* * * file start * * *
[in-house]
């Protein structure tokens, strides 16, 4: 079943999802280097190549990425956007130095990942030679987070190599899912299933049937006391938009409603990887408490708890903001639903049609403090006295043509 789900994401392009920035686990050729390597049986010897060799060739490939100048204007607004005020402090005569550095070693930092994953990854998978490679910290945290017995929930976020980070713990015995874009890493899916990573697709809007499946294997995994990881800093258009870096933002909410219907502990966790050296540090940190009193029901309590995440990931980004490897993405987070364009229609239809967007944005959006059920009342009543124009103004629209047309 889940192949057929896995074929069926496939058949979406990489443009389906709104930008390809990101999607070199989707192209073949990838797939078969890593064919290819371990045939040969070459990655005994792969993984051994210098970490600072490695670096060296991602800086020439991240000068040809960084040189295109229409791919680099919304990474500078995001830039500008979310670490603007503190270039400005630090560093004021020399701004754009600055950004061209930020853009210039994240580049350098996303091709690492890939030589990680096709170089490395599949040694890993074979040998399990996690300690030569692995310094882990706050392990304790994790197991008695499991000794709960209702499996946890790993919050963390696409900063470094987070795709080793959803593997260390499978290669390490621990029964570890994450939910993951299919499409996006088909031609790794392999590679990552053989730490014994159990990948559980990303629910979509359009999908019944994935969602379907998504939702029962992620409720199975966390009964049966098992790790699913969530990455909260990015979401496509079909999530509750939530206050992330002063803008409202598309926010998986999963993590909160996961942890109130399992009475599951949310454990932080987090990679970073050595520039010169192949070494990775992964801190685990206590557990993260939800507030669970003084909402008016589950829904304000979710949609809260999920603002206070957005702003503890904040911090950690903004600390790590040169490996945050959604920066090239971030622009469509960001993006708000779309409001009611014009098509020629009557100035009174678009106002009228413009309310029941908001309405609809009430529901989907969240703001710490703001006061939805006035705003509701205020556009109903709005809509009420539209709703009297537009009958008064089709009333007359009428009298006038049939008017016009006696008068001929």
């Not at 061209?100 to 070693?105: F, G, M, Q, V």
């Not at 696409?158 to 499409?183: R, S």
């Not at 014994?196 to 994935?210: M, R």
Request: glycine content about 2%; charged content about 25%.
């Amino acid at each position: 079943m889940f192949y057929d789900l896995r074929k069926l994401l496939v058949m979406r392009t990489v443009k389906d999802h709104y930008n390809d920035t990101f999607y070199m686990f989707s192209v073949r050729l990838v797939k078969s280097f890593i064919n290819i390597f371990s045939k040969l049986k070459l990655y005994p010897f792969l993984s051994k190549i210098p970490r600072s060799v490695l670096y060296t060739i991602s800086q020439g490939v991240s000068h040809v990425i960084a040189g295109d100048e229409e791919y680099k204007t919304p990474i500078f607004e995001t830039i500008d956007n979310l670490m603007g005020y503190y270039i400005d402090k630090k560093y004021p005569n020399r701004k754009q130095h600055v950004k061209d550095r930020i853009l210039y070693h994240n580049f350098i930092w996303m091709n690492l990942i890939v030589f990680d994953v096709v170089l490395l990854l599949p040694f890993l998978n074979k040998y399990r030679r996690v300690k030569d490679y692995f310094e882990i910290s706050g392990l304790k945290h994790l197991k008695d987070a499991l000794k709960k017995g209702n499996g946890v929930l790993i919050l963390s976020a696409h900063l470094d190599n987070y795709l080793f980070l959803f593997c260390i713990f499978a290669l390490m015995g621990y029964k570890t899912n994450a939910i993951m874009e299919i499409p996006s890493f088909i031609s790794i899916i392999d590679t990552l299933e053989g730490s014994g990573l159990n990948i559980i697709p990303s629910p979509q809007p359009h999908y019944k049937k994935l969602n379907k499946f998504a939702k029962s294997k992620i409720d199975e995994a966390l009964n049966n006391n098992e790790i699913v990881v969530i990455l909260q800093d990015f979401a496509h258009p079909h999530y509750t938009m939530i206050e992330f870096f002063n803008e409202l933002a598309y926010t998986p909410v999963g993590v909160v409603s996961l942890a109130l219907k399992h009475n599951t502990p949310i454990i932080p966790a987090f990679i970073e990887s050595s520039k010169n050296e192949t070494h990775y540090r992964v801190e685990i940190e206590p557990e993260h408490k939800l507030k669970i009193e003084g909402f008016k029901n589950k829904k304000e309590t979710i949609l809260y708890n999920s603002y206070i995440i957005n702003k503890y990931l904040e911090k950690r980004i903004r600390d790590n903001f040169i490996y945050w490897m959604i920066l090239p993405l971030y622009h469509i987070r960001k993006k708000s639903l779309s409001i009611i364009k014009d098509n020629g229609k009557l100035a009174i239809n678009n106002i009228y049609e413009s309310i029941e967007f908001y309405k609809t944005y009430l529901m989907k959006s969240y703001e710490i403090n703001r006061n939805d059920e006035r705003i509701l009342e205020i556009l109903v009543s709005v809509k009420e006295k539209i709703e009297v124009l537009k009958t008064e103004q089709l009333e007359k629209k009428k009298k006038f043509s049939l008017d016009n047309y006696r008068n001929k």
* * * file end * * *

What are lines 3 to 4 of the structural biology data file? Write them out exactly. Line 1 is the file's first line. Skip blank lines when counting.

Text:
């Not at 061209?100 to 070693?105: F, G, M, Q, V």
């Not at 696409?158 to 499409?183: R, S």